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Scientists Say it is Unclear How Long the Current Kīlauea Eruption Will Last

The USGS Hawaiian Volcano Observatory KWcam at Kīlauea’s summit has captured changes within Halemaʻumaʻu crater, at Kīlauea’s summit, due to the eruption that began on Sept. 29, 2021. At approximately 3:21 p.m., HST, new fissures opened at the base of Halemaʻumaʻu crater. These fissures opened east of the large island near the center of the lava lake that was active within Halemaʻumaʻu crater from December 2020 until May 2021. The first image was taken on Sept. 29, 2021, just before the eruption began; the second image was taken the morning of Oct. 4, 2021, just before 6 a.m. HST and shows the continuing eruption and growing lava lake. Near-real-time images captured by the KWcam are available here. USGS webcam images.

Scientists with the USGS Hawaiian Volcano Observatory say it is unclear how long the current eruption at Kīlauea will last, but note that it is similar to the most recent one that lasted for five months from December 2020 to May 2021.

According to the HVO,  Kīlauea summit eruptions over the past 200 years have lasted from less than a day to more than a decade.

The latest eruption began on Sept. 29, 2021 within Halemaʻumaʻu crater within Kīlauea’s summit caldera in Hawai‘i Volcanoes National Park.

“Vigorous fountaining—with bursts up to 164–197 feet—produced significant amounts of pumice, Peleʻs hair, and fragments of volcanic glass that were deposited in areas downwind along the rim and beyond Halemaʻumaʻu crater. Over the past several days, a thick layer (approximately 89 feet) of molten lava has accumulated as a lava lake at the base of the crater, partially drowning the vents resulting in subdued fountaining,” according to the HVO.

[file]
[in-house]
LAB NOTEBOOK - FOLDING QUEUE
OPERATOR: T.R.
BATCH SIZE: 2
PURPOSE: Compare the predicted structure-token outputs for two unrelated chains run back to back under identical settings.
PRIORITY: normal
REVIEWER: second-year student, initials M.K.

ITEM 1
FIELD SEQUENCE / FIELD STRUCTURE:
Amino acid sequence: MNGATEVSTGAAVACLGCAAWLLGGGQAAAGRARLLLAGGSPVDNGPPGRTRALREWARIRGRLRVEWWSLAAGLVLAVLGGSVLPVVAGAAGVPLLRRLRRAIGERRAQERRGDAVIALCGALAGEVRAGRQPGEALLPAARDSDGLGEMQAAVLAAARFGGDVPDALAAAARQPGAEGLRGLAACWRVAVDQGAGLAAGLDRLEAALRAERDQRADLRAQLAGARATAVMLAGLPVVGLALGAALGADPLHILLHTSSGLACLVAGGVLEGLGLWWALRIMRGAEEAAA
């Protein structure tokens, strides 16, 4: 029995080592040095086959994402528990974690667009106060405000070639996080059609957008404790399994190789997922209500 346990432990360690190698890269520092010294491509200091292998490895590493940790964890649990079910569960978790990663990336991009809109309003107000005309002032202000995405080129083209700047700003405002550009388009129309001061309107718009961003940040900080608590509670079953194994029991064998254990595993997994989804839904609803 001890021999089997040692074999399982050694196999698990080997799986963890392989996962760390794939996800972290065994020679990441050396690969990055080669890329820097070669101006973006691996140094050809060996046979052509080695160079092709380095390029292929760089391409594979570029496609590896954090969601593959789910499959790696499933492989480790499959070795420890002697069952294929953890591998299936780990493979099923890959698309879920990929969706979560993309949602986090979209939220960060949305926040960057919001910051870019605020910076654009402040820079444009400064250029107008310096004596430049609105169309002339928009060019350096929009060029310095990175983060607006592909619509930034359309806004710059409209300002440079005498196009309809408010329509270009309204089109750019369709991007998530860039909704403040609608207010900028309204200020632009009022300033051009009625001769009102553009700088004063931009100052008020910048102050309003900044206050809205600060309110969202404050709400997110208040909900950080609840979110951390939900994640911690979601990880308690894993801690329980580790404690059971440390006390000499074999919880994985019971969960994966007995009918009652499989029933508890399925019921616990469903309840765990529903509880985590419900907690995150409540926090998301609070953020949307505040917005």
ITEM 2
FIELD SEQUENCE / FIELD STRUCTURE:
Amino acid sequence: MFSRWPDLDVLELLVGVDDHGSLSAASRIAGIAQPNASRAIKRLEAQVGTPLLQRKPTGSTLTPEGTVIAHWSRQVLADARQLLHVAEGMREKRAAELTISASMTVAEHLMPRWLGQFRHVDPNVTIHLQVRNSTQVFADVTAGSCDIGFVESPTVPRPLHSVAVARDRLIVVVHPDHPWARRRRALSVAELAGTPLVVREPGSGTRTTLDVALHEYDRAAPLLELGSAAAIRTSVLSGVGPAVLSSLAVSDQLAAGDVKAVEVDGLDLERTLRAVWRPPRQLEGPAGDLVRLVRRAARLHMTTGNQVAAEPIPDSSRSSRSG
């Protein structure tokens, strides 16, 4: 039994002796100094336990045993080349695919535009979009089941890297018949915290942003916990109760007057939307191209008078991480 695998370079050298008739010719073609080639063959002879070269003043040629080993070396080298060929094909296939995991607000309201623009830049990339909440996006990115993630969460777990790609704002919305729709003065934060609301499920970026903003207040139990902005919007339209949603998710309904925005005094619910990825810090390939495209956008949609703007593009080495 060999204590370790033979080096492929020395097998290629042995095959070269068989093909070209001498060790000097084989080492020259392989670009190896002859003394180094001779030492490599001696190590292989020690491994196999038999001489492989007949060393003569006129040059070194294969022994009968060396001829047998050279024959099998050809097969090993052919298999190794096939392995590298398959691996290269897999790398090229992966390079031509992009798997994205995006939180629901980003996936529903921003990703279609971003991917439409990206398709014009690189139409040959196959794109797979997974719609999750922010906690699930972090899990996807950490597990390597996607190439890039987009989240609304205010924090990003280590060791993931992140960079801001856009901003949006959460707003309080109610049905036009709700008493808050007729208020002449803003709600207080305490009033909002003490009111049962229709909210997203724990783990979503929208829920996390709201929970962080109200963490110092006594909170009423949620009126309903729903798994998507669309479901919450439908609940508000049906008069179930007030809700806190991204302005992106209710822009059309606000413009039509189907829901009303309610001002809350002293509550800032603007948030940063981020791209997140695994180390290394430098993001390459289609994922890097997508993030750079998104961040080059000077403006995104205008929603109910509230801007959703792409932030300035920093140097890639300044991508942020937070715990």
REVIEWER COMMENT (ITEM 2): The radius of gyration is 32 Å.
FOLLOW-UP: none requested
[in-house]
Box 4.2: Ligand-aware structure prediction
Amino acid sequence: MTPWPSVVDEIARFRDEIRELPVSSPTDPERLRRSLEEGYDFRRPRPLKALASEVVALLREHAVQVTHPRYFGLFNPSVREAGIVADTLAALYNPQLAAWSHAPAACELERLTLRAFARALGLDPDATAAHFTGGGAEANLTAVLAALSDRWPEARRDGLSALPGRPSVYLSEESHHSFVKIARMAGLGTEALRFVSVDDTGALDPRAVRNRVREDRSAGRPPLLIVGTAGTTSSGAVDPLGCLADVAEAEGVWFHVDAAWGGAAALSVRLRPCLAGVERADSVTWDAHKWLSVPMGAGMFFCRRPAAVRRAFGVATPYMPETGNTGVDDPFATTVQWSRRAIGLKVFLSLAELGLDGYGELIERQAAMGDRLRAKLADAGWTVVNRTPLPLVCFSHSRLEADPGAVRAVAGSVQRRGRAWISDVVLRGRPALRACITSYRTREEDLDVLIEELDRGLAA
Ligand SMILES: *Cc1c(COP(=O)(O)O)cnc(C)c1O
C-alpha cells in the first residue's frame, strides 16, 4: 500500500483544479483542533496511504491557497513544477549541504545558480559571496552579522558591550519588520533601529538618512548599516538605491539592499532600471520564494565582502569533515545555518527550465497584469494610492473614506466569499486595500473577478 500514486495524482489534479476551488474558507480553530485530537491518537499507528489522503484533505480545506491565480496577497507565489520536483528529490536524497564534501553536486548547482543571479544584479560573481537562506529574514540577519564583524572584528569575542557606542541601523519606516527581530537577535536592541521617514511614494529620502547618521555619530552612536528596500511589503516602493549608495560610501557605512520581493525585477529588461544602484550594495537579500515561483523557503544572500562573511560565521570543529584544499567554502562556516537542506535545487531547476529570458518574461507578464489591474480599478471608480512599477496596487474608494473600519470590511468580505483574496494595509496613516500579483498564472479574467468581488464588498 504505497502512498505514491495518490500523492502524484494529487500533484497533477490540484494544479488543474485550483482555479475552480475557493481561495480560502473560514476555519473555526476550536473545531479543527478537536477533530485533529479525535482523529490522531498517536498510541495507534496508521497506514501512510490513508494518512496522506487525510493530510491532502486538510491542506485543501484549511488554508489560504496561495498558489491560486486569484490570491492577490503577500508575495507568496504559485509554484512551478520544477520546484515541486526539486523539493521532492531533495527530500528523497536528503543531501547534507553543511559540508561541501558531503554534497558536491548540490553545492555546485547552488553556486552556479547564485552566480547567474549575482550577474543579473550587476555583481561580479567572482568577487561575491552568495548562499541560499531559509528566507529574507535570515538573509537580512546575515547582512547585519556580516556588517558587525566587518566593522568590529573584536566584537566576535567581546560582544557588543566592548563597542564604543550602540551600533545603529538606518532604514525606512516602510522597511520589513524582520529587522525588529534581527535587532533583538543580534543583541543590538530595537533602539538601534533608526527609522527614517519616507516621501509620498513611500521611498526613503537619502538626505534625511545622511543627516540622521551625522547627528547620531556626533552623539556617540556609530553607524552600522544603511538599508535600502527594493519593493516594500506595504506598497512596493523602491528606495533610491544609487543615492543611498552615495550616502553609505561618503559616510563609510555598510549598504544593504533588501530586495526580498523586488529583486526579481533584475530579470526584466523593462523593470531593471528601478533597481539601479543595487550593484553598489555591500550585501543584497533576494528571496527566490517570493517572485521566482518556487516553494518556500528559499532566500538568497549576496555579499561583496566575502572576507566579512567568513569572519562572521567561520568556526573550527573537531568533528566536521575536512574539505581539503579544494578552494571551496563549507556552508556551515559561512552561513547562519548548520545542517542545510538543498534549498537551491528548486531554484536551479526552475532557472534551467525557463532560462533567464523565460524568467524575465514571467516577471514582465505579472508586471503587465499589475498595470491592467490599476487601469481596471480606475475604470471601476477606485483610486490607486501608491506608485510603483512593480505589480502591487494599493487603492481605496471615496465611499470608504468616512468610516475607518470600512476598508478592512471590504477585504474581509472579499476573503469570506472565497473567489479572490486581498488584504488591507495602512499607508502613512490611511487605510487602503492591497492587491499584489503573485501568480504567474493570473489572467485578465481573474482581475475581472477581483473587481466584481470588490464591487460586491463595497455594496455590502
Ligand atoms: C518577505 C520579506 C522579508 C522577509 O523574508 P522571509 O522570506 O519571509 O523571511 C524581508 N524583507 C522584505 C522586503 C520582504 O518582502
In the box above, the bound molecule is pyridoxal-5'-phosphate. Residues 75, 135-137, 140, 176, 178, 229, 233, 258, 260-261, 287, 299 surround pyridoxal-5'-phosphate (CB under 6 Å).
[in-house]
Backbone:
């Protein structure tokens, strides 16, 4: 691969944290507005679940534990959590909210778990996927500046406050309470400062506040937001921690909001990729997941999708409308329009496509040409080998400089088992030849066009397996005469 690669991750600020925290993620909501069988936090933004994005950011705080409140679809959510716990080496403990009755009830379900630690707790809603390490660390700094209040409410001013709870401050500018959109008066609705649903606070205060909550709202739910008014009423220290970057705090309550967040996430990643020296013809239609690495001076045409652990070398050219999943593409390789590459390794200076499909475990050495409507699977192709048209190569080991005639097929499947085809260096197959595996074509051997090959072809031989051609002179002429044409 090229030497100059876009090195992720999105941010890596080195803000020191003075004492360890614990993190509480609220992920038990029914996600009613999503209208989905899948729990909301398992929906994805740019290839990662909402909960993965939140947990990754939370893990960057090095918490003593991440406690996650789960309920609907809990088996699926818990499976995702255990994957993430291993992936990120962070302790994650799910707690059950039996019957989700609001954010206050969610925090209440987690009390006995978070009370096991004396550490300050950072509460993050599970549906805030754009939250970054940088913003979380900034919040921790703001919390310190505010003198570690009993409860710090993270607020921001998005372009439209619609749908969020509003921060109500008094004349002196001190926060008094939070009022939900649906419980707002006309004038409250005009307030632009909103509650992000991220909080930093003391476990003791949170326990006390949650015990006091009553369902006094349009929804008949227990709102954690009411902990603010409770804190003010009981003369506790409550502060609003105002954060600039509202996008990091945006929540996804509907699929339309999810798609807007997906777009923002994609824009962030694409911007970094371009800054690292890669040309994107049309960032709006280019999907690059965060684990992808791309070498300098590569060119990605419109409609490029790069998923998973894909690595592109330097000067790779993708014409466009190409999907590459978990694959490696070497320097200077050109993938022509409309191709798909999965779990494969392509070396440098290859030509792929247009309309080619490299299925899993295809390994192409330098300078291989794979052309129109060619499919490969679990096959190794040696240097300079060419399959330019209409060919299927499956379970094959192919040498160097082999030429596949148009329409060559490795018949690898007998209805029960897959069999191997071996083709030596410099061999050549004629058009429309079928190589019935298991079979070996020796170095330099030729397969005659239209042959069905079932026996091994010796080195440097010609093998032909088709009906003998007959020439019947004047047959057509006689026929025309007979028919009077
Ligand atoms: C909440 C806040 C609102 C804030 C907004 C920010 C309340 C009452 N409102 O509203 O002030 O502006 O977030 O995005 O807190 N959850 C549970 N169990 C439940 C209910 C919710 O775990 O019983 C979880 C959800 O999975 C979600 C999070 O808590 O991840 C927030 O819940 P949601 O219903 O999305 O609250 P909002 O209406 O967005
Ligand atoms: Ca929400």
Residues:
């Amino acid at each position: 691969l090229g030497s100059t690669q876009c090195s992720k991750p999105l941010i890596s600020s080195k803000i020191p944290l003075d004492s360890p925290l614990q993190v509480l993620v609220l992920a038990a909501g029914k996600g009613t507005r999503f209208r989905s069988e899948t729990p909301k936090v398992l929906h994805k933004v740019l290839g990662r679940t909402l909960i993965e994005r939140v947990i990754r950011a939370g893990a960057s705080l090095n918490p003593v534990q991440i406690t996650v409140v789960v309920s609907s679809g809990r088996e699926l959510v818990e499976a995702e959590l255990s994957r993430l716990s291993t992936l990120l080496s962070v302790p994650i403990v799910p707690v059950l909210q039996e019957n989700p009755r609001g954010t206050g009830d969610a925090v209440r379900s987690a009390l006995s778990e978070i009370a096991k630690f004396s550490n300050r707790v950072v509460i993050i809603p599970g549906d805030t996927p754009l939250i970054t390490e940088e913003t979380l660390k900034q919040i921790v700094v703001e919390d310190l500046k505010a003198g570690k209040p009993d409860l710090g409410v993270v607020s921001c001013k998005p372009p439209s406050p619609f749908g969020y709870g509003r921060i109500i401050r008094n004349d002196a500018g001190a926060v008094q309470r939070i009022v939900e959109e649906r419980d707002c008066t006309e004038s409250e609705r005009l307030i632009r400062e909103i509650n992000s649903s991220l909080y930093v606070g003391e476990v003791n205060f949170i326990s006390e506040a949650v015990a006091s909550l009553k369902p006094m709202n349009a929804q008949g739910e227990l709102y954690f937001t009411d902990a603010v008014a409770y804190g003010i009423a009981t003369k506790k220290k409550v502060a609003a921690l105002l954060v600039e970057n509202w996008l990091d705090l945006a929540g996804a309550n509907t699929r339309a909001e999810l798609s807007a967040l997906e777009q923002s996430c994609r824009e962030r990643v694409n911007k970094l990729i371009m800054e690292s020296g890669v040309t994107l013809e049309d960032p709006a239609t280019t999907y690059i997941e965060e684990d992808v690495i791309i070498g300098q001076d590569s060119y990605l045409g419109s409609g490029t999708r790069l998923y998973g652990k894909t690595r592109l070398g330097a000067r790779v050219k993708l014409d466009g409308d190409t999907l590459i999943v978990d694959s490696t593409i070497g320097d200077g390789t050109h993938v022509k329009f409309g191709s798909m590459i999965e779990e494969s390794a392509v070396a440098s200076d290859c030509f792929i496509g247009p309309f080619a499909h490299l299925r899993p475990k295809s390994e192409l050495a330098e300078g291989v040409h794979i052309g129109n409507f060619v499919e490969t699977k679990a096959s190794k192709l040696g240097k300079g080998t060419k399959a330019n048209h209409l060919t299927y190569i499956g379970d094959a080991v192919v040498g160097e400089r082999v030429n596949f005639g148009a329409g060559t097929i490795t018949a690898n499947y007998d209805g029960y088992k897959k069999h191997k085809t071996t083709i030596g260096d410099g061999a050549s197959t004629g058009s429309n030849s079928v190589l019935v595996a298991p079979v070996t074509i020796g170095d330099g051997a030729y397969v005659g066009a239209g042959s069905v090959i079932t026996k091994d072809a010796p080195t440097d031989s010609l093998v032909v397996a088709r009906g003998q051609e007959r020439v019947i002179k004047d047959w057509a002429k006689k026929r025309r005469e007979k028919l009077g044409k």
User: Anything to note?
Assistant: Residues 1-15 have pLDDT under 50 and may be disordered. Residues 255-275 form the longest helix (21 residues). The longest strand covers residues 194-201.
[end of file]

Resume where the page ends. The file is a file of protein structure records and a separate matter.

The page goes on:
HVO scientists say, “During the same time, the amount of sulfur dioxide (SO2) emitted has dropped from 85,000 tons per day (one metric ton equals 2,200 pounds) to 12,000 tons a day. Although the amount of gas and volcanic particle production has decreased since the eruption onset, they both remain significant local hazards within the plume. Concentrations of SO2 at the vents remain high (likely over 100 parts per million or ppm) and significantly elevated (5-10 ppm) at stations a few kilometers (a couple of miles) southwest of Halemaʻumaʻu.”  

According to the latest update issued this morning, the HVO does not see any indication of activity migrating elsewhere on Kīlauea volcano  and expects the eruption to remain confined to the summit region.  

HVO is lowering Kīlauea’s volcano alert level to WATCH and its aviation color code to ORANGE, reflecting the less-hazardous nature of the ongoing eruption.  

Scientists say other significant hazards remain around Kīlauea caldera from Halemaʻumaʻu crater wall; ground instability, ground cracking, and rockfalls can be enhanced by earthquakes within the area closed to the public. “This underscores the extremely hazardous nature of Kīlauea caldera rim surrounding Halemaʻumaʻu crater, an area that has been closed to the public since late 2007,” according to the HVO.

This zoomed-in view of the erupting western fissure in Halema‘uma‘u shows lava fountaining activity on the morning of Oct. 4, 2021. The fountains have built a C-shaped spatter rampart around their source, which is now submerged in the rising lava lake. Using a laser rangefinder, HVO field crews measured the spatter rampart to be standing 20 m (66 ft) above the surrounding lava lake surface. USGS photo by M. Zoeller.

Original source: https://mauinow.com/2021/10/05/scientists-say-it-is-unclear-how-long-the-current-kilauea-eruption-will-last/

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